CDC′s Emerging and Zoonotic Infectious Disease Center Announces Release of 2012 Yellow Book—The Yellow Book has become a trusted reference for health care providers and travelers worldwide and offers an in-depth look at health risks and ways to prevent them, advice for people with special travel health needs, and more. It is written primarily for health care providers, including doctors, nurses, and pharmacists, who give pre-travel health care. Take a tour of the 2012 Yellow Book and explore all about travel health on the Travelers′ Health website. (CDC Feature July 5)

Three-year CDC initiative tests 2.8 million Americans for HIV—A three-year, $111 million program to expand access to HIV testing in 25 of the U.S. areas most affected by HIV has provided nearly 2.8 million HIV tests and diagnosed 18,432 individuals who were previously unaware of their HIV infection. In addition, of the newly diagnosed individuals for whom follow-up data was available, three-quarters were successfully linked to HIV care as part of CDC′s Expanded Testing Initiative. CDC launched the Expanded Testing Initiative to support its 2006 Revised Recommendations for HIV Testing of Adults, Adolescents and Pregnant Women in Health Care Settings. (MMWR June 24; CDC HIV/AIDS Newsroom)

EVENTS AND SEMINARS

All events and seminars listed are open to CDC partners. To see more upcoming events or for more information on the below events, visit the CDC Calendar of Events.

Off the Beaten Path: Violence, Women and Art

June 6–September 9, David J. Sencer CDC Museum (formerly known as Global Health Odyssey Museum), Atlanta, GA
This exhibit presents the work of 28 contemporary artists from 24 countries whose work addresses the issues of violence against women and girls around the world and their basic human rights to a safe and secure life.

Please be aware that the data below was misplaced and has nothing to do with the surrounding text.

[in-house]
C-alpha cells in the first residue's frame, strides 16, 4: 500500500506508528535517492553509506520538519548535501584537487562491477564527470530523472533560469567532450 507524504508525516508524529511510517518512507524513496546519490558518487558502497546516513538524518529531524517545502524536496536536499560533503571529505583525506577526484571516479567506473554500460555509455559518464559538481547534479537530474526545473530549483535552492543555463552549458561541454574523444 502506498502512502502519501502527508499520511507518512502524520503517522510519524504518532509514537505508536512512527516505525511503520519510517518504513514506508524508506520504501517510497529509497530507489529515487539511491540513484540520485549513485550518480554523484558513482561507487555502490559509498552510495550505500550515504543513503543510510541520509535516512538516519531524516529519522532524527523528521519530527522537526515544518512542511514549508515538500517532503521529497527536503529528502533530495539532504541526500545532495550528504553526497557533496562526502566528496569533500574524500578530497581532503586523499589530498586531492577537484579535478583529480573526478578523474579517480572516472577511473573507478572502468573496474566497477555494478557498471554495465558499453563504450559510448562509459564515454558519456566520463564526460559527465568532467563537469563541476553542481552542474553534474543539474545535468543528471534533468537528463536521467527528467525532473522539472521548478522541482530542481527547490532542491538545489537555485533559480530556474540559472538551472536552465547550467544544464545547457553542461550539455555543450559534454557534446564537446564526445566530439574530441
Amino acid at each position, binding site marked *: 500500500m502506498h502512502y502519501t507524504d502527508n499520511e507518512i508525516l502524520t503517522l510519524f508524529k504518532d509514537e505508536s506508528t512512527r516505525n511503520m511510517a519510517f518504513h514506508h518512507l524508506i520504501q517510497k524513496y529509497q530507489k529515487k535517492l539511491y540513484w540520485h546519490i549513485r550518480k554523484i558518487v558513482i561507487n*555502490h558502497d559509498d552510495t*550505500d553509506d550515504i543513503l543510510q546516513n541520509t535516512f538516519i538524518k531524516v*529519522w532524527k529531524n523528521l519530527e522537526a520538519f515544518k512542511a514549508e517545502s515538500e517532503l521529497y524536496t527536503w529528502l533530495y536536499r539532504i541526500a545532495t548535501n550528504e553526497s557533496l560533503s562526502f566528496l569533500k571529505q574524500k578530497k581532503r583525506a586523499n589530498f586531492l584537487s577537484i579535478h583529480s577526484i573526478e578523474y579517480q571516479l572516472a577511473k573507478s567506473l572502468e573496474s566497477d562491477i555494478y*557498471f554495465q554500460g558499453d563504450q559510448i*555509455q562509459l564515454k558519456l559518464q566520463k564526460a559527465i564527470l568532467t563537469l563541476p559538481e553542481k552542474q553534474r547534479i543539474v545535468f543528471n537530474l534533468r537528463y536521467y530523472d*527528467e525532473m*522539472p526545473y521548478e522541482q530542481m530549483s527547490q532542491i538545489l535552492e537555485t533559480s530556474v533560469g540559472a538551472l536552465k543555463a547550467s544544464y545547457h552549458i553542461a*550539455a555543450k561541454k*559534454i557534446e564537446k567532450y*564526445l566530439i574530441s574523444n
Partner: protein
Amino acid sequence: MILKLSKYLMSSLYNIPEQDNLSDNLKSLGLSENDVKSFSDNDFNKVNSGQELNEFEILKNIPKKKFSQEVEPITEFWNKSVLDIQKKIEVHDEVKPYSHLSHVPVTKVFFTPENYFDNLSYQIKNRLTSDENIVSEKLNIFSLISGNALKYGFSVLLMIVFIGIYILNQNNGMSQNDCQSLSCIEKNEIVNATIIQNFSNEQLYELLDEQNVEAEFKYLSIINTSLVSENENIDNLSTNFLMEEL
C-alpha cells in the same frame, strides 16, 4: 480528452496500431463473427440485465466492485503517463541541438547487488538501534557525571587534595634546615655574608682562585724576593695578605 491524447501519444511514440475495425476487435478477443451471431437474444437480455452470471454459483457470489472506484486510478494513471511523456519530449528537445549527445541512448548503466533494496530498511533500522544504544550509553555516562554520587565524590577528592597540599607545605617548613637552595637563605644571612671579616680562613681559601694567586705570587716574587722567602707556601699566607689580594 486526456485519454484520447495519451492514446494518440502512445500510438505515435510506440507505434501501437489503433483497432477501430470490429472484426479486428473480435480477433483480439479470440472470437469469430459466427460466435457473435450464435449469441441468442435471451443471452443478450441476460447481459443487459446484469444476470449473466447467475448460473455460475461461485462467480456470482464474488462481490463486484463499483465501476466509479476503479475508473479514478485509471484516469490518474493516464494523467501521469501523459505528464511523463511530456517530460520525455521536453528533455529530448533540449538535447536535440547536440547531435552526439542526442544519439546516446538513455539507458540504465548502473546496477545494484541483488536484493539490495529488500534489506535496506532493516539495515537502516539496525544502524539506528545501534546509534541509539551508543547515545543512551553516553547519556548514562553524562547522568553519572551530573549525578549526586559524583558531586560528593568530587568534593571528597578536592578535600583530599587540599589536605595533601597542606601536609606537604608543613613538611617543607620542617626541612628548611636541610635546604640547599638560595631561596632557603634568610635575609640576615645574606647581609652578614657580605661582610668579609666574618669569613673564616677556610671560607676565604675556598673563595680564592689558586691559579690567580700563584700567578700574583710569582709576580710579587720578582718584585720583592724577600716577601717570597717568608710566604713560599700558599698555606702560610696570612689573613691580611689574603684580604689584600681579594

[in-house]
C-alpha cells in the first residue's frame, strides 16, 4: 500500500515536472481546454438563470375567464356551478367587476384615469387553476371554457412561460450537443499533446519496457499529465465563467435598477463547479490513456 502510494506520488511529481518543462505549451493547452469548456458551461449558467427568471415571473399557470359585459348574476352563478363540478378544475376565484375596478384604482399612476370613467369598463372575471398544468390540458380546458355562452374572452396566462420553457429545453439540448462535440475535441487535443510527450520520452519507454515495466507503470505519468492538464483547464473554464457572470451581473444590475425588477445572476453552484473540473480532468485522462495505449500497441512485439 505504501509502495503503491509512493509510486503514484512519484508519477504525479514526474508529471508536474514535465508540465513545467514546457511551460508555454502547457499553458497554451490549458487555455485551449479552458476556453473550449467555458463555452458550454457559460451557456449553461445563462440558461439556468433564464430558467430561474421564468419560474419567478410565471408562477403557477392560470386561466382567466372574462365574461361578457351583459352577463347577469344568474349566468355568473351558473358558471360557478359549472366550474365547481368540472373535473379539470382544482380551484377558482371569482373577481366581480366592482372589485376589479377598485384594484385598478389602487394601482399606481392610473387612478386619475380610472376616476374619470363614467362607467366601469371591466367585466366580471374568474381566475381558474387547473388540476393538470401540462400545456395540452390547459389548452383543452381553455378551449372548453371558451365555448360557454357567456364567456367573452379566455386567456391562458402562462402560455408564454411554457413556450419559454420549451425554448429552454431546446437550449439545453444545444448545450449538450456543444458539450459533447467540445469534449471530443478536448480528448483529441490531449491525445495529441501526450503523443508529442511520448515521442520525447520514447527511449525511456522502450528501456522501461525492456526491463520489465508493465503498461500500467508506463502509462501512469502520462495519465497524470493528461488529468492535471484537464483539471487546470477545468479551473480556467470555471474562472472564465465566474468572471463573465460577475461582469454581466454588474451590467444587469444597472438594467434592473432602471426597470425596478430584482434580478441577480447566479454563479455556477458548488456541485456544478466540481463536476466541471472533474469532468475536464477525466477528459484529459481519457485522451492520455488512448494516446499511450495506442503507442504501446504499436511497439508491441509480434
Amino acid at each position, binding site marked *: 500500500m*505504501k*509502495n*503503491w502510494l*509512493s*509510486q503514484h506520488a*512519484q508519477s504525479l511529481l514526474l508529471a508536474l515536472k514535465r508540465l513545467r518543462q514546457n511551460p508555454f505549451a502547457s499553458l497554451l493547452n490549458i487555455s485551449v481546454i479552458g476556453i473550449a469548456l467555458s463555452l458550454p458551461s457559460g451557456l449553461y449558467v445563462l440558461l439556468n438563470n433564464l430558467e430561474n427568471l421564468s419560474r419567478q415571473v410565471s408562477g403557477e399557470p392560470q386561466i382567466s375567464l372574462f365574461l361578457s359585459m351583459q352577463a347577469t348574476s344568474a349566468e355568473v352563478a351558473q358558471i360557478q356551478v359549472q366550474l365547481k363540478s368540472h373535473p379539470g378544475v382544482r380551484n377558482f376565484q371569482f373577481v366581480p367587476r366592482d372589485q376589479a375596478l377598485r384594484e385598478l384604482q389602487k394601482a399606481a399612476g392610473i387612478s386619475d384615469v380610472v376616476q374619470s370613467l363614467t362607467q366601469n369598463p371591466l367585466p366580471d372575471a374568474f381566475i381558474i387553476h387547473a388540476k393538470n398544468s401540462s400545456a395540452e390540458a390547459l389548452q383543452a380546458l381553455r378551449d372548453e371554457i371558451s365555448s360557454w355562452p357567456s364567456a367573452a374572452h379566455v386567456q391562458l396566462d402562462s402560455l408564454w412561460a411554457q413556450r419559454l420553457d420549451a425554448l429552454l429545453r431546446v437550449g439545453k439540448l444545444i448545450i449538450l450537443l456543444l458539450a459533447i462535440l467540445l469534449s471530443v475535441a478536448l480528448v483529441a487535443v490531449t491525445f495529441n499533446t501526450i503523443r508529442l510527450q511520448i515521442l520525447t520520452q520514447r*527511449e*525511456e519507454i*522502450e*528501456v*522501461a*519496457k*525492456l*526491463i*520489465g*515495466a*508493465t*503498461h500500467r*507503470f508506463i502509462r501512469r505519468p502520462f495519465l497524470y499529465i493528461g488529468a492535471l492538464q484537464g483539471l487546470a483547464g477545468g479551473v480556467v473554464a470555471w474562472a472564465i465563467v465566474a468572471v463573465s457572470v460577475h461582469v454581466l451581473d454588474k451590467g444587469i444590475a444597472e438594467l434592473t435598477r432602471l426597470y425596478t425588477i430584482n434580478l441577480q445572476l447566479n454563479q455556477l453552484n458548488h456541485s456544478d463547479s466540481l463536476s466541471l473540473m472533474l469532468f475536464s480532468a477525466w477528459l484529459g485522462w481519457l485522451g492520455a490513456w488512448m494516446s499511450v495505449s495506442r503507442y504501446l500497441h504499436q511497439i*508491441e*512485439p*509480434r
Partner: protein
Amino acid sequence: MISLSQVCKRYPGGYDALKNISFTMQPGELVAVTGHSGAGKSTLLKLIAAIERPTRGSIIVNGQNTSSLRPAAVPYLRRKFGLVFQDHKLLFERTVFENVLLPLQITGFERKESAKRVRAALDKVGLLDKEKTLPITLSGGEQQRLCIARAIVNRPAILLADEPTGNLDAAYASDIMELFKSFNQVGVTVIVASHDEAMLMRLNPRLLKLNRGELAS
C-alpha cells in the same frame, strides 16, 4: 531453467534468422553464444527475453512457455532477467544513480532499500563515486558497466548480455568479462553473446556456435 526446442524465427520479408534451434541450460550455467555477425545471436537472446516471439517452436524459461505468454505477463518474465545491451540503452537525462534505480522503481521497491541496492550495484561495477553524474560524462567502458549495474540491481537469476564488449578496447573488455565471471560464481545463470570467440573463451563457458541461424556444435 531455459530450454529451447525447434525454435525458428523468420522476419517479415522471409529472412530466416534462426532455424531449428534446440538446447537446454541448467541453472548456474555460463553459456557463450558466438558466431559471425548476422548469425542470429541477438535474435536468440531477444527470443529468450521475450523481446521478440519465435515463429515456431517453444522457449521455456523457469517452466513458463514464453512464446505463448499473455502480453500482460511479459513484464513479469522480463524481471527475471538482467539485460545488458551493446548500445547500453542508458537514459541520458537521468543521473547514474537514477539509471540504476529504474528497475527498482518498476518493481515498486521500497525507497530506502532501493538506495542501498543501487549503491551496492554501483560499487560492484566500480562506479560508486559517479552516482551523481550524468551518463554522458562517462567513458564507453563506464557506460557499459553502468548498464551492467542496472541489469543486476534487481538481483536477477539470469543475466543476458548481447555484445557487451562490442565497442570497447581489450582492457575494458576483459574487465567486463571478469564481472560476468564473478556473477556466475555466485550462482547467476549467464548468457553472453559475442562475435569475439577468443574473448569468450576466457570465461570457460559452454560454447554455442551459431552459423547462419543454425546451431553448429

CDC Public Health Grand Rounds (Online Event)

July 21, 1 PM–2 PM (EDT), Topic: Electronic Health Records
The Public Health Grand Rounds is a monthly series created to further strengthen CDC’s scientific culture and foster discussion and debate on major public health issues. Watch live and archived broadcasts.

National Conference on Health Communications, Marketing and Media

August 9-11, Omni Hotel, Atlanta, GA
This conference brings together individuals representing academia, public health researchers and practitioners from federal and state government and the private sector, and provides a forum for collegial dialogue within and across these disciplines.

Return to the Top return to the top

CDC HISTORY

July 1, 1946—The Communicable Disease Center was organized in Atlanta, GA.

RESOURCES

CDC Learning Connection Food Safety Spotlight provides public health learning products and resources designed to help reduce the occurrence of food-related illness.

“Did You Know?” is a weekly feature from the Office for State, Tribal, Local and Territorial Support to inform your prevention activities.

Knowledge to Action Science Clips are designed to enhance awareness of emerging scientific knowledge.

SUBSCRIBE

Saving Lives, Protecting People, Saving Money Through Prevention

Staying Connected, a bi-monthly newsletter prepared by CDC’s Office of the Associate Director for Communication, provides regular updates about agency and program priorities and other public health initiatives important to CDC’s partners and affiliates. Readers are welcome to comment by e-mail to stayingconnected@cdc.gov.

Subscribe to the Staying Connected newsletter.

Return to the Top return to the top


CDC Vital Signs™ – Learn about the latest public health data. Read CDC Vital Signs™…

Contact Us:
  • Centers for Disease Control and Prevention
    1600 Clifton Rd
    Atlanta, GA 30333
  • 800-CDC-INFO
    (800-232-4636)
    TTY: (888) 232-6348
  • Contact CDC–INFO
  • Page last reviewed: July 13, 2011
  • Page last updated: July 13, 2011
  • Content source: Office of the Associate Director for Communication
  • Notice: This graphic notice (You are leaving the CDC website) means that you are leaving a CDC Web site.
  • Notice: Linking to a non-federal site does not constitute an endorsement by HHS, CDC or any of its employees of the sponsors or the information and products presented on the site.
USA.gov: The U.S. Government's Official Web PortalDepartment of Health and Human Services
Centers for Disease Control and Prevention   1600 Clifton Rd. Atlanta, GA 30333, USA
800-CDC-INFO (800-232-4636) TTY: (888) 232-6348 - Contact CDC–INFO
A-Z Index
  1. A
  2. B
  3. C
  4. D
  5. E
  6. F
  7. G
  8. H
  9. I
  10. J
  11. K
  12. L
  13. M
  14. N
  15. O
  16. P
  17. Q
  18. R
  19. S
  20. T
  21. U
  22. V
  23. W
  24. X
  25. Y
  26. Z
  27. #